But let's take a layperson's crack at it: xenomorphs (alien races) require an aspect of the "other", what Orson Scott Card refers to as varelse. Taking the proper deduction here gives us that people alienate properties that remind them strongly of aspects different from their own race: many legs, exoskeletons, etc. But it wouldn't be interesting to have lots of carniferns for enemies (well, it would to me, but put that aside for now). But there are plenty of weird-looking hominid creatures in SF: the Catteni, Kzin, and that cat race in Wing Commander I can't remember now; the quijillion races of the Star Wars universe; etc. What makes us gravitate towards the hive mind as varelse? Inference: We must think of ourselves as individualistic.

Also, as someone else pointed out, bugs are icky. They're about the most alien-looking thing we have here on land visible to the naked eye.
I don't entirely agree, but let's chalk it up to the diversity of Arthropoda compared to Mammalia. One thing I was expecting people to say is that there aren't that many other phyla to which we could impute fictional sentience easily. Me, I love sentient plants cf. the Supox in Star Control or the Neti of Myrkr in the Star Wars EU, but maybe I'm alone in that.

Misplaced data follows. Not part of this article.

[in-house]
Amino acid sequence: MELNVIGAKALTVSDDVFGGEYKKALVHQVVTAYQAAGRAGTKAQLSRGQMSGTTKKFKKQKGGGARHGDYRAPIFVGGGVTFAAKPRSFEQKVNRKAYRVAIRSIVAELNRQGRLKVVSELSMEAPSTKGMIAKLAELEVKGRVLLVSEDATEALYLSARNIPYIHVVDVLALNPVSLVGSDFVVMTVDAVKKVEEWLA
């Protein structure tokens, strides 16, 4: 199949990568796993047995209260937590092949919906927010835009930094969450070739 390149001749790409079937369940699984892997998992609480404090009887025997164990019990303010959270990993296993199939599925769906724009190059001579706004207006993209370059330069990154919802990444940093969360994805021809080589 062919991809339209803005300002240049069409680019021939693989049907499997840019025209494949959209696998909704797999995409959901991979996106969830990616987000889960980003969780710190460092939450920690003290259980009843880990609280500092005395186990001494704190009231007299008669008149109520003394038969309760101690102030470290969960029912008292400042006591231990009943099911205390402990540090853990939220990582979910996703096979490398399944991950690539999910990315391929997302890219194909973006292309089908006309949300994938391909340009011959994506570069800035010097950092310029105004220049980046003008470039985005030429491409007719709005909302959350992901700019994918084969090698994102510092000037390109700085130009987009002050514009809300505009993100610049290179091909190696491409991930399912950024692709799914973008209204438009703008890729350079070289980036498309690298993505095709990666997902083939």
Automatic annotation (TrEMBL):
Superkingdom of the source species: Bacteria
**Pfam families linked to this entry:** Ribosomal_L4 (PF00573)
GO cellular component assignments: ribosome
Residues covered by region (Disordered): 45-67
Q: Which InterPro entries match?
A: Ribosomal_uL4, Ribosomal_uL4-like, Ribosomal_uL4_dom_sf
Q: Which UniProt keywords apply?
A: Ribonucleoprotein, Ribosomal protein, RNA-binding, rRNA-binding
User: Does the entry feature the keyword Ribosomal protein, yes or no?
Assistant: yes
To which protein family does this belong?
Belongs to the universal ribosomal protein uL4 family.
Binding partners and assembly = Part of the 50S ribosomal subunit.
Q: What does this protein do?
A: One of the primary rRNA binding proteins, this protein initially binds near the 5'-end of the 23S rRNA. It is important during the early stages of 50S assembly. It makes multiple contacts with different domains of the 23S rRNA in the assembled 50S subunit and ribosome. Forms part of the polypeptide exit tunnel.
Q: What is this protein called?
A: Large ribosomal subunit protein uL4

May. 25th, 2005 09:33 am (UTC)
Re: Individualism and _varelse_
You have to think about the lowest common denominator. The fact that you don't find bugs icky, or find talking plants interesting, doesn't mean that general public will or won't. Bugs are icky, hideous, plus bugs are supposed to be small, making them big is unnatural. Many people have